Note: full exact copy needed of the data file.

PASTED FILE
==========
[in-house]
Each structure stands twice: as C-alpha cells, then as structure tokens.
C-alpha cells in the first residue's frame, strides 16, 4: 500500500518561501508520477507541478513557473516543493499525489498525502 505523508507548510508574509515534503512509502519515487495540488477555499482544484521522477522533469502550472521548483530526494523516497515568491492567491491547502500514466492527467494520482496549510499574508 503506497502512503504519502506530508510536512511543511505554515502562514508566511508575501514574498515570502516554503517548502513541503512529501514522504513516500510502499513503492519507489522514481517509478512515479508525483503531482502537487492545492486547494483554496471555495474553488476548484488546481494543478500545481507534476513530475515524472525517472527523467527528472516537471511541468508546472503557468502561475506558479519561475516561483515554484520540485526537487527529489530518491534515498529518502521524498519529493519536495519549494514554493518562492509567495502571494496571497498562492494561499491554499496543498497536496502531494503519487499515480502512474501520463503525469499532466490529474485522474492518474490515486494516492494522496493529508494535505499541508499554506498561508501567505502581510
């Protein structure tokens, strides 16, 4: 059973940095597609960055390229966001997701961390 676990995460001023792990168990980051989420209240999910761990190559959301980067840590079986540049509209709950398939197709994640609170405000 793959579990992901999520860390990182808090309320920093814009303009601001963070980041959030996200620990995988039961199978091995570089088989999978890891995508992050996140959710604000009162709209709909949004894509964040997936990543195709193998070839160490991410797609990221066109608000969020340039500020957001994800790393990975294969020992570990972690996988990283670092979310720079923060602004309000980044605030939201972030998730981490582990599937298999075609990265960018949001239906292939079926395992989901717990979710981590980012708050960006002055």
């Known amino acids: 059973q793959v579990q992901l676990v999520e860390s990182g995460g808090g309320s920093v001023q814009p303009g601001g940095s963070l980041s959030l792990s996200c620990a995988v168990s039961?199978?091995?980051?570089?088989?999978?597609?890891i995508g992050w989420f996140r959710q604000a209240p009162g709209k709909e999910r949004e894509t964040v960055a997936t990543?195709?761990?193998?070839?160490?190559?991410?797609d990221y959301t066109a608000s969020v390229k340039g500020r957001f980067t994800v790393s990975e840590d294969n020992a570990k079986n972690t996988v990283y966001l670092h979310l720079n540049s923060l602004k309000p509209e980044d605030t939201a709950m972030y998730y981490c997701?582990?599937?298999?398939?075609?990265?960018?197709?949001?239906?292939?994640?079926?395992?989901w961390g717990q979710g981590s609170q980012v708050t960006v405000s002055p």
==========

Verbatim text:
[in-house]
Each structure stands twice: as C-alpha cells, then as structure tokens.
C-alpha cells in the first residue's frame, strides 16, 4: 500500500518561501508520477507541478513557473516543493499525489498525502 505523508507548510508574509515534503512509502519515487495540488477555499482544484521522477522533469502550472521548483530526494523516497515568491492567491491547502500514466492527467494520482496549510499574508 503506497502512503504519502506530508510536512511543511505554515502562514508566511508575501514574498515570502516554503517548502513541503512529501514522504513516500510502499513503492519507489522514481517509478512515479508525483503531482502537487492545492486547494483554496471555495474553488476548484488546481494543478500545481507534476513530475515524472525517472527523467527528472516537471511541468508546472503557468502561475506558479519561475516561483515554484520540485526537487527529489530518491534515498529518502521524498519529493519536495519549494514554493518562492509567495502571494496571497498562492494561499491554499496543498497536496502531494503519487499515480502512474501520463503525469499532466490529474485522474492518474490515486494516492494522496493529508494535505499541508499554506498561508501567505502581510
């Protein structure tokens, strides 16, 4: 059973940095597609960055390229966001997701961390 676990995460001023792990168990980051989420209240999910761990190559959301980067840590079986540049509209709950398939197709994640609170405000 793959579990992901999520860390990182808090309320920093814009303009601001963070980041959030996200620990995988039961199978091995570089088989999978890891995508992050996140959710604000009162709209709909949004894509964040997936990543195709193998070839160490991410797609990221066109608000969020340039500020957001994800790393990975294969020992570990972690996988990283670092979310720079923060602004309000980044605030939201972030998730981490582990599937298999075609990265960018949001239906292939079926395992989901717990979710981590980012708050960006002055």
């Known amino acids: 059973q793959v579990q992901l676990v999520e860390s990182g995460g808090g309320s920093v001023q814009p303009g601001g940095s963070l980041s959030l792990s996200c620990a995988v168990s039961?199978?091995?980051?570089?088989?999978?597609?890891i995508g992050w989420f996140r959710q604000a209240p009162g709209k709909e999910r949004e894509t964040v960055a997936t990543?195709?761990?193998?070839?160490?190559?991410?797609d990221y959301t066109a608000s969020v390229k340039g500020r957001f980067t994800v790393s990975e840590d294969n020992a570990k079986n972690t996988v990283y966001l670092h979310l720079n540049s923060l602004k309000p509209e980044d605030t939201a709950m972030y998730y981490c997701?582990?599937?298999?398939?075609?990265?960018?197709?949001?239906?292939?994640?079926?395992?989901w961390g717990q979710g981590s609170q980012v708050t960006v405000s002055p």